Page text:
Art Industry News: Larry Gagosian Once Refused to Sell Jennifer Lawrence a Portrait of Herself + Other Stories
Plus, American museums plan to staff back up, and another cultural organization parts ways with BP for good.
Art Industry News is a daily digest of the most consequential developments coming out of the art world and art market. Here’s what you need to know this Wednesday, February 23.
Why Looking at Art Makes You a Better Problem Solver – In a new book, art historian Amy Herman claims that critically observing art can better equip you to approach complex dilemmas at work. Spending time around challenging work pulls people out of their comfort zones and lets them see problems in a new light. She suggests three steps: observe, ask questions, and only then (to avoid confirmation bias) read the label to find out more. (Fast Company)
Scottish Ballet Drops BP, Too – One day after the National Portrait Gallery announced it would end its sponsorship deal with oil giant BP this year, the Scottish Ballet confirmed it will follow suit. A spokesperson said the dance company decided to end the relationship because BP no longer “aligns with the company’s green action plan – to be carbon neutral by 2030.” All eyes are now on the British Museum, which is currently partnering with the oil company on a blockbuster Stonehenge exhibition. (Evening Standard)
Larry Gagosian Refused to Sell Jennifer Lawrence a Painting of Herself – The art-world dealmaker sat for a rare interview with the Financial Times, alongside a photo shoot that captures tantalizing bits of his intimidating art collection. Among the works is a painting of Jennifer Lawrence by John Currin that once appeared on the cover of Vogue. She didn’t want to buy it when it was first made, but asked to buy it later when she visited Gagosian’s house. Unfortunately, the deal was off the dinner table: “I said, ‘Sorry Jennifer, I love you, but that ship has sailed.’” (Financial Times)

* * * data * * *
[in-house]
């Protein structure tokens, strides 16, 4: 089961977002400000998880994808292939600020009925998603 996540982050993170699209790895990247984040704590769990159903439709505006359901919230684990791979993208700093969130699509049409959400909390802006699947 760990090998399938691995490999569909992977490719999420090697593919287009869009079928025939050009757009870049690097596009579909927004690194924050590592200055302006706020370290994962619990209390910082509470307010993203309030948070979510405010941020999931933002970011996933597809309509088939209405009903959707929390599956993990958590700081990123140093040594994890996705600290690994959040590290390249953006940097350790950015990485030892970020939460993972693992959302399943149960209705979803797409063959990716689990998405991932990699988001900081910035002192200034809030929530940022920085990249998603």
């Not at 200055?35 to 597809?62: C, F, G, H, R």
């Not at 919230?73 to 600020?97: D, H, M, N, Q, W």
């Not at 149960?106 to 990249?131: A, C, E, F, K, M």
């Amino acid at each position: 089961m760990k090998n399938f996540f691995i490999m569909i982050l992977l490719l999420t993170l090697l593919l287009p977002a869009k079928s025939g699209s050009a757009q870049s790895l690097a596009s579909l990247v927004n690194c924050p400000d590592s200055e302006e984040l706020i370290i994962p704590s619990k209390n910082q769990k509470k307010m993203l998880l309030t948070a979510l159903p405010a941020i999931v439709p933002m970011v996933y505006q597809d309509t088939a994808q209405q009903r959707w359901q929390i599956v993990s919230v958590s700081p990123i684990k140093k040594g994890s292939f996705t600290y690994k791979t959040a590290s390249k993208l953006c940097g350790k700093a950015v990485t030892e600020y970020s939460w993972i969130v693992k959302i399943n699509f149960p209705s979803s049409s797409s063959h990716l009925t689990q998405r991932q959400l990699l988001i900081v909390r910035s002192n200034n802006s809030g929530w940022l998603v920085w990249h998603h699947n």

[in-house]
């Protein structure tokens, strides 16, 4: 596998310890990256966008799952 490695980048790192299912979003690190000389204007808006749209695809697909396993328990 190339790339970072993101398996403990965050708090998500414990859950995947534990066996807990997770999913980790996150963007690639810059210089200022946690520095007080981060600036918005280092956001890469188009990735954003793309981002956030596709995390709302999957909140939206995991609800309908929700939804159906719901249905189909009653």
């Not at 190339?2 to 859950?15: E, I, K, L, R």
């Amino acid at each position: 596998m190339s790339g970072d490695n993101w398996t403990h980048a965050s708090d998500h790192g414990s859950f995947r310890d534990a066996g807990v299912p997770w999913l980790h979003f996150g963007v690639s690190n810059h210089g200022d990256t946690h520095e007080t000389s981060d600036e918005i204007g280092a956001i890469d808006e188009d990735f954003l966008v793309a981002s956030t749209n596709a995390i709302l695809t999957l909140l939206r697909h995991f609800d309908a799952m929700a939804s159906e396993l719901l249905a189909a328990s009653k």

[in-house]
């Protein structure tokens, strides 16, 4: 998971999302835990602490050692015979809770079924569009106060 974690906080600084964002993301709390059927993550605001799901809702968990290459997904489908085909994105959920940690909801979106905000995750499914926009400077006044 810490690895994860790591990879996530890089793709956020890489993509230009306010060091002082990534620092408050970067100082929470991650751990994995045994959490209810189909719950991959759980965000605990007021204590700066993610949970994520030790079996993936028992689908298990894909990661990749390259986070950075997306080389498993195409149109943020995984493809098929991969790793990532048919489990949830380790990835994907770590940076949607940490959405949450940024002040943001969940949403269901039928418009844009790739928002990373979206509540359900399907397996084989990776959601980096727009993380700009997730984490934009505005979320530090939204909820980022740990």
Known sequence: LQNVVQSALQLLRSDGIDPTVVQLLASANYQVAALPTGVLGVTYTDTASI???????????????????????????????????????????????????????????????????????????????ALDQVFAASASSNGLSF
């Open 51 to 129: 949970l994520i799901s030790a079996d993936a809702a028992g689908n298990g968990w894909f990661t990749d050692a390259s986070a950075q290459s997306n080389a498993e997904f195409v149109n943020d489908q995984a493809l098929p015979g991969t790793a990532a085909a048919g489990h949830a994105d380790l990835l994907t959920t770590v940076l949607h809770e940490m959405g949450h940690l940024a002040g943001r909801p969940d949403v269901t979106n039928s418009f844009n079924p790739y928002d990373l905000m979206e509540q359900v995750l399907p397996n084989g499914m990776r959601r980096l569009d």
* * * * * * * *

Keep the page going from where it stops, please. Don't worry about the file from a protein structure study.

Hito Steyerl Gets a New Yorker Profile – The celebrated German artist chose an unusual meeting place for her interview with the New Yorker: the video game Minecraft. Steyerl and writer Merve Emre toured the virtual world as Steyerl opined on how Minecraft serves as a metaphor for the way social media platforms really work—seducing users into unpaid content creation and mining their metadata for profit and surveillance. “We don’t really know whether your face is being used to train facial-recognition algorithms or something like that,” Steyerl said. (New Yorker)
MOVERS & SHAKERS
New LaGuardia Terminal Gets Top-Notch Art – The New York airport’s revamped Terminal C will be punctuated by six permanent artworks. As a part of its $12 million art program, the Port Authority partnered with the Queens Museums to commission site-specific works from New York-based artists Mariam Ghani, Rashid Johnson, Aliza Nisenbaum, Virginia Overton, Ronny Quevedo, and Fred Wilson. (New York Times)
U.S. Museums Are Staffing Up – A new report by the American Alliance of Museums found that 47 percent of surveyed museum directors plan to increase their staff after pandemic-related cutbacks. Nearly half said they would increase hourly wages to the lowest paid workers, but only 15 percent said they were “committed” to closing the wage gap between the highest and lowest paid staff. (Hyperallergic)
James Turrell Will Unveil a Skyspace in Colorado – The artist will debut his newest skyspace in Colorado’s Green Mountain Falls in June. The public artwork, called Skyspace on Red Butte, will be the artist’s first skyspace in the mountains, the only one in Colorado, and the first with a retractable roof. (Designboom)
FOR ART’S SAKE
Venice Gets a Kyrgz Pavilion – The Kyrgyz Republic will participate in the Venice Biennale for the first time in its history this spring with a dedicated pavilion on the Island of Giudecca. An exhibition of work by the artist Firouz FarmanFarmaian will examine tribal identity in Kyrgyz and the surrounding regions in Central Asia. (Press release)
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